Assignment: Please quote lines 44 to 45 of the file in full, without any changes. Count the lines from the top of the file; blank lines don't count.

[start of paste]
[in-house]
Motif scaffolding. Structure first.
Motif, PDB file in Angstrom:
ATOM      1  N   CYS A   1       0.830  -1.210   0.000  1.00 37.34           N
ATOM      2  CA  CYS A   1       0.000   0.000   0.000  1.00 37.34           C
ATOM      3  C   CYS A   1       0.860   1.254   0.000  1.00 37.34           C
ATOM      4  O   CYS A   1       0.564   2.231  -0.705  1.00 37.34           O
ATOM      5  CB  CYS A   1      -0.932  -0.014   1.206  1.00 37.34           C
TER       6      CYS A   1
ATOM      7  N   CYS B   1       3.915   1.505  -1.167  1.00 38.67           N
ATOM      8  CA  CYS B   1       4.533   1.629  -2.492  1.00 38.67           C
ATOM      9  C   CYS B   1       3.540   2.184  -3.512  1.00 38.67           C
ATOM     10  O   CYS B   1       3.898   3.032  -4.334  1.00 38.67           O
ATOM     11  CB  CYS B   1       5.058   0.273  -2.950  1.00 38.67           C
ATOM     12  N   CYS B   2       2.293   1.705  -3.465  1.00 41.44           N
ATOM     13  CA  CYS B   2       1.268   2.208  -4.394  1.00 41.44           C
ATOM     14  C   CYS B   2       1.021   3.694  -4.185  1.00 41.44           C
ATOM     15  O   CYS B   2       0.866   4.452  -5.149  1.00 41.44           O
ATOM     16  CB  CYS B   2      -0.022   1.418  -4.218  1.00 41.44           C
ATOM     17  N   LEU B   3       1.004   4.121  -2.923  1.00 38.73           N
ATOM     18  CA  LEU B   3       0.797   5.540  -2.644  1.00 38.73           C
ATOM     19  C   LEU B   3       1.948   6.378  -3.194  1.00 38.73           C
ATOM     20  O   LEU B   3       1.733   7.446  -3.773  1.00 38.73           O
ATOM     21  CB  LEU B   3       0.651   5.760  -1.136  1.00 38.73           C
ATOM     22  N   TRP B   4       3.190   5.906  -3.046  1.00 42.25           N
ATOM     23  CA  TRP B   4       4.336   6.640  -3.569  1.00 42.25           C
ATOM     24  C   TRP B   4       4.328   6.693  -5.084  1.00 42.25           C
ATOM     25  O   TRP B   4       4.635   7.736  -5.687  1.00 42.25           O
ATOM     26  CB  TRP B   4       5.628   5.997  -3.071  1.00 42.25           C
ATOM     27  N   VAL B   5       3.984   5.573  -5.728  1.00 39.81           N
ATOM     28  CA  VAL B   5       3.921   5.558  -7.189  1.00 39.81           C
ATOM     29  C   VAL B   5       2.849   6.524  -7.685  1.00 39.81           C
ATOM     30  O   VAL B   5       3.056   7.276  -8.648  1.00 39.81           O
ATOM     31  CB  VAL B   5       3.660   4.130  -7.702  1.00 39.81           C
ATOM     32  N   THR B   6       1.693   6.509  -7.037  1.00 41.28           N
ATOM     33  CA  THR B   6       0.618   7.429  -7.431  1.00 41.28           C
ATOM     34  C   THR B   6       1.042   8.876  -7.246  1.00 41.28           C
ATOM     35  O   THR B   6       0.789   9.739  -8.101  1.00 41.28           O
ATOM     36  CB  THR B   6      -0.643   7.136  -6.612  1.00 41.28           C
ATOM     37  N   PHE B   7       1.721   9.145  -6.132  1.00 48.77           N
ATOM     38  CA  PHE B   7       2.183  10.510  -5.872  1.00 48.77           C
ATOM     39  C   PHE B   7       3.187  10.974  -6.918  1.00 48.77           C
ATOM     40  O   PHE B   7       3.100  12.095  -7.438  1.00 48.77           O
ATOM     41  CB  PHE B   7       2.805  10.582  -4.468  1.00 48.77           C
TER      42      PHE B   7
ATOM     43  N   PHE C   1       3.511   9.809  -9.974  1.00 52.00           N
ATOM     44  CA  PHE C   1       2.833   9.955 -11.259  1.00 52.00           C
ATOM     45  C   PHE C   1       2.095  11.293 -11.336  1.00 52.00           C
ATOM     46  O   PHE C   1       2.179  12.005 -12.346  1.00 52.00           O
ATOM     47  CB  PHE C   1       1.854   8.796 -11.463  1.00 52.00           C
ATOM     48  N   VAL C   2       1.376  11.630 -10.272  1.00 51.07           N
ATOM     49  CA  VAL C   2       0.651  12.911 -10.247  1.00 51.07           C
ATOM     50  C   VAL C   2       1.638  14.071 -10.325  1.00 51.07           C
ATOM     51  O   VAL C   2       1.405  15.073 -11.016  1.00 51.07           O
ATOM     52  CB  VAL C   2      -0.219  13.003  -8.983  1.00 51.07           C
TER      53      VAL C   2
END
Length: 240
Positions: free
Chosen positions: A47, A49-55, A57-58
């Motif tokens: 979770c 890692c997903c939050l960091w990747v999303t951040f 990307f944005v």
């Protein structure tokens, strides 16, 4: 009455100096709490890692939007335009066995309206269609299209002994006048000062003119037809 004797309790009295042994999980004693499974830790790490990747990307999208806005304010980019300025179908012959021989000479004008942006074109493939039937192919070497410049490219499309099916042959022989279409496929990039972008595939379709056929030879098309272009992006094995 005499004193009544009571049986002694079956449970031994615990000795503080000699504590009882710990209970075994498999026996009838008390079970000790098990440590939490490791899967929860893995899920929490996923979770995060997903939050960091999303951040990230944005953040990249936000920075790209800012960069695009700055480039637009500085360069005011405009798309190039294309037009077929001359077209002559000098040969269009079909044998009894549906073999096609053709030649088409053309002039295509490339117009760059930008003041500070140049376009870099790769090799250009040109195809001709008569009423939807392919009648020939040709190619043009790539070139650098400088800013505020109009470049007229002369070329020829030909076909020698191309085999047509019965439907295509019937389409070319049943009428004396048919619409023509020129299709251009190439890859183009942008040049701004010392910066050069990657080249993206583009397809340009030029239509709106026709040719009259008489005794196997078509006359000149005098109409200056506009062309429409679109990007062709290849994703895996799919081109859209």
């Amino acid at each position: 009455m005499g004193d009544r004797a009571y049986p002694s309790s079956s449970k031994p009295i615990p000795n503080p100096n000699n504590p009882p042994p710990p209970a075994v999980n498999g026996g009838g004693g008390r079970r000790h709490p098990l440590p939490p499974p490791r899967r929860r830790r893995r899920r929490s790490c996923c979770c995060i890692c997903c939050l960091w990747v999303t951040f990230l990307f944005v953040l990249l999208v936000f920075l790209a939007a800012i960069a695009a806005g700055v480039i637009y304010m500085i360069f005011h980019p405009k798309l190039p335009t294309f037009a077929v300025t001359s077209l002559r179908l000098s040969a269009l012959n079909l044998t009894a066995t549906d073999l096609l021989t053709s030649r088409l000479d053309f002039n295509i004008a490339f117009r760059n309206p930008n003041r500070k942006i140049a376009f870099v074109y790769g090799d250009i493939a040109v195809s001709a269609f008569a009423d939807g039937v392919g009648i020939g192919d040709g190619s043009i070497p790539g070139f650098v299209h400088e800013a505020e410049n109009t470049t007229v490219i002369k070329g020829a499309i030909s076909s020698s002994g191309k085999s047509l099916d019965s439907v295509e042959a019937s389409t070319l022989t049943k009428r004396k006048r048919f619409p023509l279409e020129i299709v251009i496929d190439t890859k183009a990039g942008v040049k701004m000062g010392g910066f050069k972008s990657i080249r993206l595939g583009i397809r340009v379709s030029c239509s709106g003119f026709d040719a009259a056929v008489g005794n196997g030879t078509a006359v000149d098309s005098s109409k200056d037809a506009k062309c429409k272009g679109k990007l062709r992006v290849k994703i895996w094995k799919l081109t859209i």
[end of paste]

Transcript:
ATOM     41  CB  PHE B   7       2.805  10.582  -4.468  1.00 48.77           C
TER      42      PHE B   7